CIRM is hosting a webinar on June 20th to help those developing cell-based therapies get ahead of reimbursement issues.
We have often heard the phrase, “begin with the end in mind”. None of us want to be part of the team that develops an amazing, life altering therapy only to have it be left on the shelf, underutilized because no one can afford to pay for it. Unfortunately, that is a real risk. One only has to look at the experiences of the cell based therapies that have been approved by the FDA and which are currently on the market in the United States to see that reimbursement can be a real issue that may prevent broad product adoption.
Dermagraft is a product for wound closure of diabetic foot ulcers comprised of allogenic human fibroblasts on a dissolvable mesh material. Dermagraft is currently marketed by Shire, after they acquired Advanced BioHealing in 2011 for $750 million. Part of the press release about the transaction noted that Dermagraft is a product with “further growth potential” and that it has a “favorable reimbursement profile”. Yet, Shire immediately set about improving that reimbursement profile and within the year had two new American Medical Association CPT procedure codes to streamline the reimbursement for Dermagraft.
Another FDA approved cell based therapy on the market is Provenge, an autologous dendritic cell therapy for use in advanced prostate cancer. Provenge experienced hurdles with the FDA approval process only to then have the Centers for Medicare and Medicaid Services (CMS) decide to review payment for Provenge rather than automatically extending coverage. (There’s more on that decision in this story from Fierce Pharma). The CMS did finally decide that Provenge’s $93,000 treatment would be covered by Medicare (more on that in this Bloomberg story).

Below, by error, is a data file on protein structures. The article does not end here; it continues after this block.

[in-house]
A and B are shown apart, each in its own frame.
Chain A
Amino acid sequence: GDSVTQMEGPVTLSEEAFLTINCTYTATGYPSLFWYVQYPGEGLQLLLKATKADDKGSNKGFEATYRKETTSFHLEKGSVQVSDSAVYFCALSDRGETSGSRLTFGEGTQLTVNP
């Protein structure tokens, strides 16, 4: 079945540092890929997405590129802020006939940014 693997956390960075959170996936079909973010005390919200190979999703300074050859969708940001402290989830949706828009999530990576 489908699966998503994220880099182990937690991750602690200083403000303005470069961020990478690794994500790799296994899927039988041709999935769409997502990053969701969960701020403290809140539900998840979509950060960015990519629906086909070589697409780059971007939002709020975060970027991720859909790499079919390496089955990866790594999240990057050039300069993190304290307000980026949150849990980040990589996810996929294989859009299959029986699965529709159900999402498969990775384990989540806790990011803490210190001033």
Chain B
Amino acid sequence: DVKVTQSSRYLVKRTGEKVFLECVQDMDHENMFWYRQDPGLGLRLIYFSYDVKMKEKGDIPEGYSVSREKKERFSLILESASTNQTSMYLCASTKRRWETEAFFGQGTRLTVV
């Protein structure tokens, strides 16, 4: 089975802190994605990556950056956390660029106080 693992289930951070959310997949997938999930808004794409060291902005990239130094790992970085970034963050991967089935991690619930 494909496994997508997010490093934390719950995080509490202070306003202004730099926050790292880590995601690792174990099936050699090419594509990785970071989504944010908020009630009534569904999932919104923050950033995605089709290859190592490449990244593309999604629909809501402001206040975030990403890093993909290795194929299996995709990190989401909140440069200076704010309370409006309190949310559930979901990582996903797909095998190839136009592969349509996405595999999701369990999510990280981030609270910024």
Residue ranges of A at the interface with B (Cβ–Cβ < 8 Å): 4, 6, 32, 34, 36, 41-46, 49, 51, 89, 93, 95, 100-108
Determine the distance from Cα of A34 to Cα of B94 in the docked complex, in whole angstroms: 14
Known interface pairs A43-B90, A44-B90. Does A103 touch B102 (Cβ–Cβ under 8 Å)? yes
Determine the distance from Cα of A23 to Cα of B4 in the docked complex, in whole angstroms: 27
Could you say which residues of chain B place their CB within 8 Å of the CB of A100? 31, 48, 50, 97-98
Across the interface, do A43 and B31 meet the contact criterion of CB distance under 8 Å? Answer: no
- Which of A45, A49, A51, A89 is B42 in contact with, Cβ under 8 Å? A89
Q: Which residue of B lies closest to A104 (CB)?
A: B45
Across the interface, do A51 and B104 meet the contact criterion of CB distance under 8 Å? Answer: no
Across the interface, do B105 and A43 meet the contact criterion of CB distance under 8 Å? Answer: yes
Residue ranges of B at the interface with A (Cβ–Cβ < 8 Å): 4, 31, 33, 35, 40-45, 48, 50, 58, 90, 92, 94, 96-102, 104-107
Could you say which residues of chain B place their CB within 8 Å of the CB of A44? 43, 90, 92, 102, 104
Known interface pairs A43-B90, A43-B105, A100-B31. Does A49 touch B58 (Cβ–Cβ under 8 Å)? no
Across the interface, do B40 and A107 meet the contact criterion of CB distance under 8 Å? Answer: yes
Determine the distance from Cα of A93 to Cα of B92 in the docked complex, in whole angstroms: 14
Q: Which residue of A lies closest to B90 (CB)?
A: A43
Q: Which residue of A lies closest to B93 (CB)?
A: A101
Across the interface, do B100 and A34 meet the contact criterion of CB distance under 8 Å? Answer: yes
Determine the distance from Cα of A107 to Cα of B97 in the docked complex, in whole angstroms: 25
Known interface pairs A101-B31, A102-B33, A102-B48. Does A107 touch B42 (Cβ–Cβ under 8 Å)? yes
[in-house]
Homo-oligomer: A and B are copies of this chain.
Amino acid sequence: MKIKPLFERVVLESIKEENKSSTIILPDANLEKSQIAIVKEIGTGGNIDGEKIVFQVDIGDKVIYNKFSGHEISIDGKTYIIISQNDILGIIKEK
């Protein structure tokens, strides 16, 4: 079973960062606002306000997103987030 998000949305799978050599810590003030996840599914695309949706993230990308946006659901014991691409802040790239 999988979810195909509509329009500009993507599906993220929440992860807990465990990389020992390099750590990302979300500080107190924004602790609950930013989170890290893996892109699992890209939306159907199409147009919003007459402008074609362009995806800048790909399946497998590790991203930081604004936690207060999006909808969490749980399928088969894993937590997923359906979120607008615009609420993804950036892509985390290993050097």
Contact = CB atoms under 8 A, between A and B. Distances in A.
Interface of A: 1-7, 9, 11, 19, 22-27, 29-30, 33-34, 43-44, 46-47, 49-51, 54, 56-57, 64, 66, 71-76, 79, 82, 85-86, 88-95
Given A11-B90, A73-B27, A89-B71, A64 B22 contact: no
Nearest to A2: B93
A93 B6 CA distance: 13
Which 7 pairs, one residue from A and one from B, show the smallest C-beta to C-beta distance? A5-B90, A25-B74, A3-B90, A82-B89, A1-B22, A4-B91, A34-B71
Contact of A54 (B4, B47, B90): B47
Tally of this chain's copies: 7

As these two examples illustrate, reimbursement codes may not currently exist for emerging cell therapies. As the baby boomer generation ages and healthcare continue to rise as a percentage of GDP, having a sound reimbursement strategy in place demonstrating the healthcare economic benefits of your product is essential, arguably as essential as securing FDA approval since products without reimbursement will struggle to be adopted in the marketplace.
Therefore, sponsors who hope to register their product in the US will do well to join the June 20 webinar and listen to expert speakers Michael Werner and Randy Fenninger discuss new reimbursement rules and payment models and why it is critical to adopt a reimbursement strategy early in product development.